Triple Bill: As One, Rushes, Infra, Royal Ballet, February 2010Posted on 20 February 2010
All three of these ballets are concerned with interactions between people, and the first one, a new work by Jonathan Watkins, was an optimistic vision of individuals living in a harmony with one another — to be as it were As One. At the start one dancer appears in an opening that expands to reveal a whole apartment building. In the foreground a few people dance outside it, and we are then transported into one apartment where a house party is going on. This then changes to a different apartment where Laura Morera and Edward Watson desultorily watch television, yet their sluggishness suddenly releases a burst of energy, and they dance with great spirit. Between the start of the ballet and the ensemble at the end there are five scenes, and the energy of the performers is palpable. Kristen McNally danced a wonderful solo, as did Steven McRae, who performed against a background of flashing names and numbers that looked to me like a huge train timetable, and this helped create a sense of activity in day-to-day life. McRae and McNally also danced together, and were superb. I liked the set designs by Simon Daw, the simple costumes by Vicki Mortimer, and I thought the lighting by Neil Austin was excellent. The music, by a young composer named Graham Fitkin, seemed to lack a sense of precision and attack, but this may have been due more to Barry Wordsworth’s conducting rather than the composer himself. The choreography called for the dancers to perform in very close proximity to one another, not always doing the same things, which must have been quite challenging. There was some raggedness in the ensemble pieces, but it was a new ballet and this was the first night. It will settle down, and is well worth seeing again.
The second item, Rushes — Fragments of a Lost Story, by Kim Brandstrup is a beautiful description of a relationship between a man and two women. Carlos Acosta was the man, with Laura Morera as the sexy woman in the red dress, and Alina Cojocaru more demure in the grey dress. These were the same dancers I saw last time at the premiere, and once again they were wonderful, and entirely convincing in their roles. The story is uplifting in the sense that although the man is drawn to the woman in red, who attracts and avoids him, he eventually notices the woman in grey, who has been watching from the sidelines, and finds love with her. I was delighted to see this Brandstrup work again, and find Richard Hudson’s designs very clever in conveying the fragmentary nature of the story. A bead curtain splits the stage into a front and back half, and the dark lighting by Jean Kalman gives a sense of mystery and uncertainty, sometimes shining through the beads, sometimes deflected by them. Part of the inspiration for this work was the Soviet era in Russia, which was littered with fragments: unrealised projects, the banned, the censored, along with secret notebooks and sketches. In this context the music by Prokofiev, originally written as a film score for The Queen of Spades, fits perfectly. Prokofiev wrote it at the same time as he was working on Romeo and Juliet, and one hears a similar pattern to the music. For this ballet Michael Berkeley has done us a great service by arranging and elaborating Prokofiev’s music, and it sounded wonderful, being well performed under the direction of Daniel Capps.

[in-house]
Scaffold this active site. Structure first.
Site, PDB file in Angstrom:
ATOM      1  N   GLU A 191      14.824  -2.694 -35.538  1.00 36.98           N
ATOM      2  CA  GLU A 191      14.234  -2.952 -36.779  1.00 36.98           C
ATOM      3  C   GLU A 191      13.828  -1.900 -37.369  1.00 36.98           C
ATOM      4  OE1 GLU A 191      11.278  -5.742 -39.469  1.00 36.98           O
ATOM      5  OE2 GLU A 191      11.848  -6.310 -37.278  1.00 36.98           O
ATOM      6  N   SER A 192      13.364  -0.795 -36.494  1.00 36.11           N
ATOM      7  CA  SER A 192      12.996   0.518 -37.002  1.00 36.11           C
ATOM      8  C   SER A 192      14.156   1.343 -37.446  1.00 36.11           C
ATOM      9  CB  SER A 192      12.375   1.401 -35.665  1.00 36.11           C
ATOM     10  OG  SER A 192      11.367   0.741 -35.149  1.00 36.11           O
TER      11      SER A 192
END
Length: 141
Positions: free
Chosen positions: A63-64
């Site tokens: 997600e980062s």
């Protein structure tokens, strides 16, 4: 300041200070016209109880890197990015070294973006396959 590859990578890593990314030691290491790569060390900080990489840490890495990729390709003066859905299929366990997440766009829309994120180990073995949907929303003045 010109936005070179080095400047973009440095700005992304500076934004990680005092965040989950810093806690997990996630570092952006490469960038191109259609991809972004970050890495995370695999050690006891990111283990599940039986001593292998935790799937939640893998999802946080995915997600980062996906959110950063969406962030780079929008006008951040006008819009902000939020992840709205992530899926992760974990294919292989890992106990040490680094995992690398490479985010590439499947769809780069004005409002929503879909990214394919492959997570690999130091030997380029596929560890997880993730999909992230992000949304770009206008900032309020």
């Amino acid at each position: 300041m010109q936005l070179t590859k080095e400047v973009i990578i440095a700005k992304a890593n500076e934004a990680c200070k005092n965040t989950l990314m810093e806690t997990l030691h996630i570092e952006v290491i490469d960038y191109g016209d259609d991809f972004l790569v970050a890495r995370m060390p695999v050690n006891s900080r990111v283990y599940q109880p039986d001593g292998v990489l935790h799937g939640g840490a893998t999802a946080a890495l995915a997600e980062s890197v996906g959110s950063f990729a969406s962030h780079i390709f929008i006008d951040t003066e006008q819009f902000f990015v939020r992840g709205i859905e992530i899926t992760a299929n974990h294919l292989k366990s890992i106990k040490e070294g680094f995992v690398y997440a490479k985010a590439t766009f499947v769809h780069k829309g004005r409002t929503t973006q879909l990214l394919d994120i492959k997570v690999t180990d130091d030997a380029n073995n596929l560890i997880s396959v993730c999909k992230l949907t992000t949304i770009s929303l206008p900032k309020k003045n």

The final item of the evening was a revival of Wayne McGregor’s ballet Infra, which I saw in its previous run. On this second occasion I was sitting higher up in the house and I realised that the higher you sit the more the floor of the stage appears to take up the space within the proscenium arch. The best place to sit might be with the spotlights in the roof, where the animated figures moving across a horizontal strip on the backdrop would be invisible. They are intrusive and detract attention from the choreography, though perhaps that’s the idea, because Max Richter’s music is strangely dull and the choreography is more athletic than interesting. The highlight was the excellent pas-de-deux between Eric Underwood and Melissa Hamilton, and though there was certainly applause at the end there were also a number of empty seats for this third item.